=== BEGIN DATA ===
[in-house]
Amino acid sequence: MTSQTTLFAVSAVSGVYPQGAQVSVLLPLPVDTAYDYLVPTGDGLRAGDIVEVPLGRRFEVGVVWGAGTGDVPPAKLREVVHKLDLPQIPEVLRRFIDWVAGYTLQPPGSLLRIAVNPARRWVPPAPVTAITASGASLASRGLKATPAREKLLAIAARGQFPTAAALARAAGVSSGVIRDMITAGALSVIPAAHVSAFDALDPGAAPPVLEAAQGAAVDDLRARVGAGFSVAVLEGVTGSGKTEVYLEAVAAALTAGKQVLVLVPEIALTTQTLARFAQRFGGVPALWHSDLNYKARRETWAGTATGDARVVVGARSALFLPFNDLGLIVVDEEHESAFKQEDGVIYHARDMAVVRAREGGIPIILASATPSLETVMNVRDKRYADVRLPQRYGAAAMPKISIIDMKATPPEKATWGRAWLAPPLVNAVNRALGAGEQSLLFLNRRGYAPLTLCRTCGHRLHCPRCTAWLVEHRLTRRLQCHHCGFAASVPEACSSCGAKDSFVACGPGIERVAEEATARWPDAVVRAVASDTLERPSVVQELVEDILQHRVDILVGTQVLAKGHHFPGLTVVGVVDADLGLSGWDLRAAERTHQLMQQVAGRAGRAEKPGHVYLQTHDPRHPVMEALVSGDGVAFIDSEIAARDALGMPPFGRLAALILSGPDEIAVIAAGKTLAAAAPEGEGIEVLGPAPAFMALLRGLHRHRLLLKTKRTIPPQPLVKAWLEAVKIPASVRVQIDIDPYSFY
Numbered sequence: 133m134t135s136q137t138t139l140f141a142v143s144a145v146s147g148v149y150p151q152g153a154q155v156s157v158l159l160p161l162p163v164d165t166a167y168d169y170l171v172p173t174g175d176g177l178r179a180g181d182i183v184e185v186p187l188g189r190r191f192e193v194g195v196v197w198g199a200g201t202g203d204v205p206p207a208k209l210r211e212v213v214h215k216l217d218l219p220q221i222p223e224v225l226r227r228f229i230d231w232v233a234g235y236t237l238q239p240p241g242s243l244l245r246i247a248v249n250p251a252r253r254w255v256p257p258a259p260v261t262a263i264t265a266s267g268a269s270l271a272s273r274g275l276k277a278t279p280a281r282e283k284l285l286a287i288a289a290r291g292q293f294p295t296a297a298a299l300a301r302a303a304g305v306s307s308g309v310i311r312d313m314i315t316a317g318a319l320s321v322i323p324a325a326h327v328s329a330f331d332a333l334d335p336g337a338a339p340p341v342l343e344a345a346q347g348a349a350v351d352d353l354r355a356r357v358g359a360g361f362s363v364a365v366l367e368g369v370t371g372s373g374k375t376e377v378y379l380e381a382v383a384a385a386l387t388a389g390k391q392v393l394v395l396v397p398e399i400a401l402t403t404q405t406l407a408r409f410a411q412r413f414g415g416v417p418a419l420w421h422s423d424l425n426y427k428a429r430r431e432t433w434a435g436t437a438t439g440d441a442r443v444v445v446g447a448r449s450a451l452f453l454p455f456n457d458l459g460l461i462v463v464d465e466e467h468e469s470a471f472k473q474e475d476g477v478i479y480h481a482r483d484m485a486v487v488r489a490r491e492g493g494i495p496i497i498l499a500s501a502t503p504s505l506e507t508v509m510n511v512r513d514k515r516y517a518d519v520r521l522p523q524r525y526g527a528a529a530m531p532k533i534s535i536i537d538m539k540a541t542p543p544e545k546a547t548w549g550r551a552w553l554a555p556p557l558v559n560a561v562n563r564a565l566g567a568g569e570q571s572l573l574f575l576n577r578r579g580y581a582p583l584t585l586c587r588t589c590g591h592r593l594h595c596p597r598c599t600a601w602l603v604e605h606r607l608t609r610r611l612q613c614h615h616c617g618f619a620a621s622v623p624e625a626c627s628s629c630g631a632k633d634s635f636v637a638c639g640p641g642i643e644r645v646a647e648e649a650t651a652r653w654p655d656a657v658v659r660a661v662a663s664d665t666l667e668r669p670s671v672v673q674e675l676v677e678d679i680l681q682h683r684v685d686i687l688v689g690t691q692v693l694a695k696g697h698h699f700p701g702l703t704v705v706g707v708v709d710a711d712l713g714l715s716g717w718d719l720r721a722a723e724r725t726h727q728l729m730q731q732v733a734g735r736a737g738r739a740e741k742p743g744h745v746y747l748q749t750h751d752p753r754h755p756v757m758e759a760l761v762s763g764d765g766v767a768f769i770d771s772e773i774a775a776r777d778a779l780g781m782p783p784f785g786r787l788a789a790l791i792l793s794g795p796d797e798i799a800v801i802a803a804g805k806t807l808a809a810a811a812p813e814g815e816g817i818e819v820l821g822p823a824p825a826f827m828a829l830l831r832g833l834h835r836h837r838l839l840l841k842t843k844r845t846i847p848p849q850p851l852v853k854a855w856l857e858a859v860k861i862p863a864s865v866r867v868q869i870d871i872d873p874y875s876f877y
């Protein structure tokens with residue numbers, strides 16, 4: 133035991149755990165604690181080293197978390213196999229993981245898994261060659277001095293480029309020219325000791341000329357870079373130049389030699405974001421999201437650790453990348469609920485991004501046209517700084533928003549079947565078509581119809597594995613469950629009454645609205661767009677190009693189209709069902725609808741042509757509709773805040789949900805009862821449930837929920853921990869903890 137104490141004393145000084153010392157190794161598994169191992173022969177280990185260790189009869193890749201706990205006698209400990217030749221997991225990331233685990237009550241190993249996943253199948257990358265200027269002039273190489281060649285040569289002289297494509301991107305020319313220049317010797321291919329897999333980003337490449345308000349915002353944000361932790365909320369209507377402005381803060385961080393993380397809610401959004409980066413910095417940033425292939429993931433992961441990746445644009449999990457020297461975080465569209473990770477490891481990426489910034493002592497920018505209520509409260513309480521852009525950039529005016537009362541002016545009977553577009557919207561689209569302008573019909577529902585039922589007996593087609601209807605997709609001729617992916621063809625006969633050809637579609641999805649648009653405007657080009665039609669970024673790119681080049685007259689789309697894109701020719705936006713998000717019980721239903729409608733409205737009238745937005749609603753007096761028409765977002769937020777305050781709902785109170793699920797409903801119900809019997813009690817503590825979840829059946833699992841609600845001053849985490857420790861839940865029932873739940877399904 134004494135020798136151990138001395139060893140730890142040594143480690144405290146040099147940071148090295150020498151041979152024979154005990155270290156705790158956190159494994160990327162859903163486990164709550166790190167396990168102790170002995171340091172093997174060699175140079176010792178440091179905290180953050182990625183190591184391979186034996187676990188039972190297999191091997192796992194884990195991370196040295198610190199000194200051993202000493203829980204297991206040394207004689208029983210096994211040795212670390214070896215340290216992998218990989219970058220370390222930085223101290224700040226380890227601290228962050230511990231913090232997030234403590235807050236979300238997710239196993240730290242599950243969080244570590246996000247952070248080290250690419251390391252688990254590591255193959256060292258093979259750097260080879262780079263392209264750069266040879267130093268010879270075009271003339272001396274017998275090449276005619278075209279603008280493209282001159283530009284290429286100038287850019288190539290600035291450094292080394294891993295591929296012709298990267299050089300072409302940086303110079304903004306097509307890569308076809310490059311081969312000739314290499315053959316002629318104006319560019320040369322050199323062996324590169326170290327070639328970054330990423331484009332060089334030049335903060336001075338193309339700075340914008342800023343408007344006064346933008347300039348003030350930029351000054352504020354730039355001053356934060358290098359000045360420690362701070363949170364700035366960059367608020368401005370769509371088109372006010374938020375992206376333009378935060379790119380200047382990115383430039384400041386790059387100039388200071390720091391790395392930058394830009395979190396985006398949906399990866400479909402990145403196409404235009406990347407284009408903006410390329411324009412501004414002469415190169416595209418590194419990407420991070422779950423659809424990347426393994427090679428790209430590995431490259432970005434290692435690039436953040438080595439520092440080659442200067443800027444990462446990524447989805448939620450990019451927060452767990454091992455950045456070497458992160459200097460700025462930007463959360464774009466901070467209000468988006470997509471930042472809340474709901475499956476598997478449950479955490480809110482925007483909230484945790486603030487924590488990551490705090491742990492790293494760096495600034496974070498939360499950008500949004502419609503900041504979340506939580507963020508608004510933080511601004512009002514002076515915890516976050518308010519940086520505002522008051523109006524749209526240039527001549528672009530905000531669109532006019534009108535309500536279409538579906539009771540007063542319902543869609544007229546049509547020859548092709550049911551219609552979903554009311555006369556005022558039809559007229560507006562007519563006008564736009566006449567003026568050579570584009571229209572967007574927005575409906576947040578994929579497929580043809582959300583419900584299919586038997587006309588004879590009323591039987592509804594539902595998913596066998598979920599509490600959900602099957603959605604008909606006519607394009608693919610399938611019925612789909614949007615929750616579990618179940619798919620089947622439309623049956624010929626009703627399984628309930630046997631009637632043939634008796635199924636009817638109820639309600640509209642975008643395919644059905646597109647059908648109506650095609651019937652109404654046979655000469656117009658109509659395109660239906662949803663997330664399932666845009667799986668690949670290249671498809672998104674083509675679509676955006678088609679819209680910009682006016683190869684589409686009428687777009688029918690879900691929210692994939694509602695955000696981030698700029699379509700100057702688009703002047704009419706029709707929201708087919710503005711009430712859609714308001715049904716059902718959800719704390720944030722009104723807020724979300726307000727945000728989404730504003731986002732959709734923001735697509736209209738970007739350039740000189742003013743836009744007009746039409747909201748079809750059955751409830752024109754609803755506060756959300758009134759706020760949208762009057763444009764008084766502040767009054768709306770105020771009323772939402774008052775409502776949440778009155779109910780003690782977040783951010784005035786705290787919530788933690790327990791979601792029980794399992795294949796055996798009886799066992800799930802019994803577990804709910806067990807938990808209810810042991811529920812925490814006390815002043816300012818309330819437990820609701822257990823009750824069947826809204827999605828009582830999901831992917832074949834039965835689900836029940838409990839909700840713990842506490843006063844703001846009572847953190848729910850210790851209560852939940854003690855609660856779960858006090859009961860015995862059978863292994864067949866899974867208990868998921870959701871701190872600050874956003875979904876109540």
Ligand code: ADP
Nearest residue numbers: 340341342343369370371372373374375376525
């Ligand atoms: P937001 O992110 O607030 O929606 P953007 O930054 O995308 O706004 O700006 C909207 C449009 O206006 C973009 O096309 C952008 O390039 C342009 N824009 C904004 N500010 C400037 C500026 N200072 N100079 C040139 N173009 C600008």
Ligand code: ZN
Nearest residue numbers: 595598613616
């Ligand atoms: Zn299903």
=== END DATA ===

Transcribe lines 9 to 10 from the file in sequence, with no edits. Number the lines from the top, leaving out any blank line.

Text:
Nearest residue numbers: 595598613616
């Ligand atoms: Zn299903």